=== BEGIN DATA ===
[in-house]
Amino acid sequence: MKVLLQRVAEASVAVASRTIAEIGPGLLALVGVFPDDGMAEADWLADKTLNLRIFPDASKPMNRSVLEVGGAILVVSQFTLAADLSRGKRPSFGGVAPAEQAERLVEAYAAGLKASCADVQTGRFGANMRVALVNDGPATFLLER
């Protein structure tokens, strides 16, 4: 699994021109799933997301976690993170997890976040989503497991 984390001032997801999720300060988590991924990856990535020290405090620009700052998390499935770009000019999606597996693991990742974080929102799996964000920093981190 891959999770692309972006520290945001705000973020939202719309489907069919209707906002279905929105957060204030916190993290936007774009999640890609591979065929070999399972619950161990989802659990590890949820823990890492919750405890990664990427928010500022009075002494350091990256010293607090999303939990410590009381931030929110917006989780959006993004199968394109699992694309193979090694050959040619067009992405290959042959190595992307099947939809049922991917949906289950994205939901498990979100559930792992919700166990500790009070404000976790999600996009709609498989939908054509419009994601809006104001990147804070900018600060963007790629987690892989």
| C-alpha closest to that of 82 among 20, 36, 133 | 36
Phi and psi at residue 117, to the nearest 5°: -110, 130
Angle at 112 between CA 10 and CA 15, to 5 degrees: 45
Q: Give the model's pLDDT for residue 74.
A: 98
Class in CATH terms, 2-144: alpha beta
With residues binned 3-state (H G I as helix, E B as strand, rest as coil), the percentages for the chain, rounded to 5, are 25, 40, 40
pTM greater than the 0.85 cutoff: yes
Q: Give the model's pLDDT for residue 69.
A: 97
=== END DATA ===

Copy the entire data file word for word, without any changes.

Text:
[in-house]
Amino acid sequence: MKVLLQRVAEASVAVASRTIAEIGPGLLALVGVFPDDGMAEADWLADKTLNLRIFPDASKPMNRSVLEVGGAILVVSQFTLAADLSRGKRPSFGGVAPAEQAERLVEAYAAGLKASCADVQTGRFGANMRVALVNDGPATFLLER
């Protein structure tokens, strides 16, 4: 699994021109799933997301976690993170997890976040989503497991 984390001032997801999720300060988590991924990856990535020290405090620009700052998390499935770009000019999606597996693991990742974080929102799996964000920093981190 891959999770692309972006520290945001705000973020939202719309489907069919209707906002279905929105957060204030916190993290936007774009999640890609591979065929070999399972619950161990989802659990590890949820823990890492919750405890990664990427928010500022009075002494350091990256010293607090999303939990410590009381931030929110917006989780959006993004199968394109699992694309193979090694050959040619067009992405290959042959190595992307099947939809049922991917949906289950994205939901498990979100559930792992919700166990500790009070404000976790999600996009709609498989939908054509419009994601809006104001990147804070900018600060963007790629987690892989």
| C-alpha closest to that of 82 among 20, 36, 133 | 36
Phi and psi at residue 117, to the nearest 5°: -110, 130
Angle at 112 between CA 10 and CA 15, to 5 degrees: 45
Q: Give the model's pLDDT for residue 74.
A: 98
Class in CATH terms, 2-144: alpha beta
With residues binned 3-state (H G I as helix, E B as strand, rest as coil), the percentages for the chain, rounded to 5, are 25, 40, 40
pTM greater than the 0.85 cutoff: yes
Q: Give the model's pLDDT for residue 69.
A: 97